In "The Autobiography of an ex-Coloured Man," why does the narrator repeatedly refer to the "freemasonry" of African-American life?

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"The Autobiography of an Ex-Colored Man," by James Weldon Johnson, was originally published in 1912.  In the preface to the original edition, the publishers claim that by reading the book the reader "is initiated into the 'freemasonry'...of the [African-American] race."

The Freemasons are a fraternal society that dates back to the Middle Ages.  One of the most important features of Freemasonry is secrecy.  In order to be admitted to a Freemason meeting, one must perform certain hand signals and utter certain secret phrases; these signals and phrases are only revealed to those who have been accepted as Freemasons.

In Johnson's novel, a light-skinned man of African-American descent, who had grown up as a "white," begins to identify as a "Negro" and begins to live among his people.  Previously, he had "formulated a theory of what it was to be colored [African-American]"; now, he "was getting the practice."  He says:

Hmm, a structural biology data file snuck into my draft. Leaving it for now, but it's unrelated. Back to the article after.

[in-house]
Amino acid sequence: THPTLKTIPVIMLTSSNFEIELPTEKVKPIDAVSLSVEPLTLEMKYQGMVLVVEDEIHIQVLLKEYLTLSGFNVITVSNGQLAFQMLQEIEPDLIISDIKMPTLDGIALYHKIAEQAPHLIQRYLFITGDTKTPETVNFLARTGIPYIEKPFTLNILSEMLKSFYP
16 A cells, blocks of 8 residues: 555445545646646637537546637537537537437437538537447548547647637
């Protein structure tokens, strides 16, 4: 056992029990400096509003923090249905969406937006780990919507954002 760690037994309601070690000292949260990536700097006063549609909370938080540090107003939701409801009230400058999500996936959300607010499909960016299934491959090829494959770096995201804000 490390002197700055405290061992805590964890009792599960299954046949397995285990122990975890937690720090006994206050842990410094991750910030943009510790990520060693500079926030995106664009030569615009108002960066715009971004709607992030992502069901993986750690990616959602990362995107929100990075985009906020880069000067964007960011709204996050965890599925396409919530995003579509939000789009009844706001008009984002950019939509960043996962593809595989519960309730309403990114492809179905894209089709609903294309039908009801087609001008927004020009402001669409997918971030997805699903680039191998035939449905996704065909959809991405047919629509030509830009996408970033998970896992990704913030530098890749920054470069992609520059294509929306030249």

It was my initiation into what I have termed the freemasonry of the race.

In other words, he was beginning to discover the secrets of African-American culture and was also gaining "fuller comprehension of the tremendous struggle which is going on between the races in the South."

One thing the man discovers is that "every colored man [has] a sort of dual personality; there is one phase of him which is disclosed only in the freemasonry of his own race."


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